First Principles - What America's Founders Learned from the Greeks and Romans and How That Shaped Our Country -- A Comprehensive Summary
It took more than a millennium before Europe’s centuries of learning and creativity produced the Renaissance, that golden era when human intellect shone a bright light that cast out the shadows of the Dark Ages. The pace was a little faster in the New World. Less than two hundred years after the first English settlers set foot on the continent of North America, the United States had produced a Renaissance man, a man of humble beginnings who boldly left his mark in politics, science, education, philosophy, diplomacy, and innovation. That he was able to be so versatile is both a tribute to his natural intelligence and character and a testament to his homeland's inventiveness. All subsequent civilizations indeed build upon what went before. Still, Europe's legacy was so rigid that, to rise to a position of status, a man needed either his august lineage or wealthy and influential patrons.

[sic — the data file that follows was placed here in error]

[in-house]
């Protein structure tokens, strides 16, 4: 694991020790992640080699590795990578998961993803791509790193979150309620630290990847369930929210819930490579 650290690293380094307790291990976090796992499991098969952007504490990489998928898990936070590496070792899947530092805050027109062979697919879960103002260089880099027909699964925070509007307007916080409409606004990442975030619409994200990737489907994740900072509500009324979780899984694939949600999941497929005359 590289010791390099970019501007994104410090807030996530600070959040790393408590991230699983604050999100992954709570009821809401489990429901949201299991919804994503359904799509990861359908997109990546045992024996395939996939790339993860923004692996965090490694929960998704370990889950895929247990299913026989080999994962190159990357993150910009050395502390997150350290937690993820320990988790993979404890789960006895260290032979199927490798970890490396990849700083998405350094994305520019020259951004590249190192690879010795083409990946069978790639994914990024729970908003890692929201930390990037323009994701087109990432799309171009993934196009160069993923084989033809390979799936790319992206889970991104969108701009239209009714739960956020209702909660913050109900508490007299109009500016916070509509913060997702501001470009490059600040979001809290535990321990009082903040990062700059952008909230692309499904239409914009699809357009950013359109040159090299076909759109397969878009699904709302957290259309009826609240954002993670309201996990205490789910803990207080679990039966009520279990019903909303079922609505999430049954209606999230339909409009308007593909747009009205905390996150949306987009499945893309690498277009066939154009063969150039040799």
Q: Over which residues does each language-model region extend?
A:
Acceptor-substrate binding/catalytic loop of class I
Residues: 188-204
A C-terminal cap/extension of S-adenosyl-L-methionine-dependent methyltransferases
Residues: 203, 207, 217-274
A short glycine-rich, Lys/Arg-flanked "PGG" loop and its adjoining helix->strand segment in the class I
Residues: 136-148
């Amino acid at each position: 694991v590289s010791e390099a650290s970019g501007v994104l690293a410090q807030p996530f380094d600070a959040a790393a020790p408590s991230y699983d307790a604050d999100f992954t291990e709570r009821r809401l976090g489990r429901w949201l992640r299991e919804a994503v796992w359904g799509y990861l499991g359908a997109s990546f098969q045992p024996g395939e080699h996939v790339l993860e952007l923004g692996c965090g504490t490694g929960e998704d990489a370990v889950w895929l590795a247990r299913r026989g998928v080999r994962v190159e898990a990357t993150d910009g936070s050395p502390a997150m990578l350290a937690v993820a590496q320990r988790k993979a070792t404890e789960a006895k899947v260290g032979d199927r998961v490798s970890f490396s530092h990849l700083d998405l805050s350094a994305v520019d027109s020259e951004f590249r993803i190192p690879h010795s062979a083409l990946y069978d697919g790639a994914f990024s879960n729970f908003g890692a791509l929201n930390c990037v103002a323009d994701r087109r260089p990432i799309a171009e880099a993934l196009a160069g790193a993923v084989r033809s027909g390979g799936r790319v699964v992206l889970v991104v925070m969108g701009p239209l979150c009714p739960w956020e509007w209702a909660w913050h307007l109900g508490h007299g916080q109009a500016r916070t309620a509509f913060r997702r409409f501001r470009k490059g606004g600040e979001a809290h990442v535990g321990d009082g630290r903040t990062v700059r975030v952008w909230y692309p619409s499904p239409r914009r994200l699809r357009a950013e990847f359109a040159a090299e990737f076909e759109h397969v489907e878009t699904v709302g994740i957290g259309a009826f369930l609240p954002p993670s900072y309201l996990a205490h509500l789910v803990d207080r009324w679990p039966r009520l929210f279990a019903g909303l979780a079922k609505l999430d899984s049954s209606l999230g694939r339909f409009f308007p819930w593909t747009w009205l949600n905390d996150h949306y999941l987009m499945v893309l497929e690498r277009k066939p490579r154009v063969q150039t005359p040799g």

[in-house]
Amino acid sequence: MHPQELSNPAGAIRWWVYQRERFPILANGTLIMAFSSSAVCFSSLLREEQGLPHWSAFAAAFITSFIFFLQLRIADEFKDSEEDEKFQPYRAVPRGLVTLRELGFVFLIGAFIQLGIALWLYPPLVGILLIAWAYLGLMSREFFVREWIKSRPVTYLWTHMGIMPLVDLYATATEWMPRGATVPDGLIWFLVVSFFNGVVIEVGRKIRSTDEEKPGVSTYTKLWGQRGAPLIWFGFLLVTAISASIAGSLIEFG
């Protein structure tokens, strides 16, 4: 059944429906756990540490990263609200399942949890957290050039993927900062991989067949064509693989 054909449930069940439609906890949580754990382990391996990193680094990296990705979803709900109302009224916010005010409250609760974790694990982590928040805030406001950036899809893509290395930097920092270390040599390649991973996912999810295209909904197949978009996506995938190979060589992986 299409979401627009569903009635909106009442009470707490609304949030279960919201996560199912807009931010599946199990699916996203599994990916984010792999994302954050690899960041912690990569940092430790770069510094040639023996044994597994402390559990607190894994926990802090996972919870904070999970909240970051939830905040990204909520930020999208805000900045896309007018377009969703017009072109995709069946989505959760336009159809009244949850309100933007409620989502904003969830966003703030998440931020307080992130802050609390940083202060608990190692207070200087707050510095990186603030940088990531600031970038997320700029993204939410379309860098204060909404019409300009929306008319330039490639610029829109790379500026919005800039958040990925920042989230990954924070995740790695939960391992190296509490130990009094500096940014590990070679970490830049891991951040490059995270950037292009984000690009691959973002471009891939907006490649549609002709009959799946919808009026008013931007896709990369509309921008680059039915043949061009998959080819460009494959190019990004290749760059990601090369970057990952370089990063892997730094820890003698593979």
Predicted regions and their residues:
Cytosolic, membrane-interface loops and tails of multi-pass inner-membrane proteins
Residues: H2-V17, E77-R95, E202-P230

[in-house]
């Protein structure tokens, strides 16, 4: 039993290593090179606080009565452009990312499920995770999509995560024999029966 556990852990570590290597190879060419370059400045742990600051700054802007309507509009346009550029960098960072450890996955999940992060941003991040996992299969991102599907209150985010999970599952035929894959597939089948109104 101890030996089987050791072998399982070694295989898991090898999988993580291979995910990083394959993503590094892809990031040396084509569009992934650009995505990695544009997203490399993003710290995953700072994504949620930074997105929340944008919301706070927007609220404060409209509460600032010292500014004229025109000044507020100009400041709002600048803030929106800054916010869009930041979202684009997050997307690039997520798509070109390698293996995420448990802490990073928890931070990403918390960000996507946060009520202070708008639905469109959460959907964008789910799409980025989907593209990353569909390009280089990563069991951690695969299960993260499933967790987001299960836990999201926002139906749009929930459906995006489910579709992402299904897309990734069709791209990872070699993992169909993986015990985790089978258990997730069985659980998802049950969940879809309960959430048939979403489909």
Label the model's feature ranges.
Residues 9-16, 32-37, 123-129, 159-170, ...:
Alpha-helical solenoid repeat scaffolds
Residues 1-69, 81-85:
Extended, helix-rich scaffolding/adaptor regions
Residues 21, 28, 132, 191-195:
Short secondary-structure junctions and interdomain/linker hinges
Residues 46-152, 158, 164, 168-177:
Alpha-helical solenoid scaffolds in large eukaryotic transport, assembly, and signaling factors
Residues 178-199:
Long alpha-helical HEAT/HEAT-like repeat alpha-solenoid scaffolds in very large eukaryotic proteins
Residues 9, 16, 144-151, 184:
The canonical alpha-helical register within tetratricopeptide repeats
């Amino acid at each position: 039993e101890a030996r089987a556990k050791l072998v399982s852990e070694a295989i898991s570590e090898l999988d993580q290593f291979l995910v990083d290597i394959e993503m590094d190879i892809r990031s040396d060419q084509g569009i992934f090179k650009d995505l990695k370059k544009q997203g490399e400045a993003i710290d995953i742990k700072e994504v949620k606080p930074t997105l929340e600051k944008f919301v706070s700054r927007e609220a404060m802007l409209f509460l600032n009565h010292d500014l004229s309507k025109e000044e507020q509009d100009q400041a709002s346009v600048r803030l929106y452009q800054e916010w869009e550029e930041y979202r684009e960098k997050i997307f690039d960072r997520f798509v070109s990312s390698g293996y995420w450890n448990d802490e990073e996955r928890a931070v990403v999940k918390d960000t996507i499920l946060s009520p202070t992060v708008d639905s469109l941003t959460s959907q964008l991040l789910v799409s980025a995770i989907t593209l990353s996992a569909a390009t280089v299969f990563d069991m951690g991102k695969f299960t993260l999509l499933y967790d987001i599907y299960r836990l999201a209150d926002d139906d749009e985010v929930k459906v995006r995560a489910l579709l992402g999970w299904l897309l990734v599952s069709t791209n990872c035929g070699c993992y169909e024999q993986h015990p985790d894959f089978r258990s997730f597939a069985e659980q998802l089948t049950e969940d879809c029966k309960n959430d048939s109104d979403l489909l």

There was no religious institute of education for Benjamin Franklin to provide him with learning; there was no vast store of wealth to bankroll him. He was, in fact, deliberately and enthusiastically, a member of the middle class, a man who had pulled himself up by his bootstraps and then figured out a way, metaphorically, to make a better bootstrap. He was thrifty, patriotic, intelligent, and virtuous; he had a common-law wife, an illegitimate son, and a reputation as a flirt among the ladies of France, who adored him when he was well past the age for such dalliances. He was a pragmatist, a writer, a statesman, a scientist, an inventor, a philanthropist, a citizen; Benjamin Franklin was so many things that it took eighty-four years for him to bring them all to fruition.
Benjamin Franklin, an American, is a legend. He is also endearingly, unmistakably human. Meet the man who was his nation’s first celebrity and discover how Franklin, who has been called “The First American,” remains a fascinating man whose personality has not been dimmed by the passage of time. View him in his ordinary, eighteenth-century garb and posture, but don’t be fooled: Benjamin Franklin is part of every American entrepreneur, innovator, and crusader who has ever lived because his virtues came not from his time, but from the timelessness of his talents and the boundless rejuvenation of his native soil.
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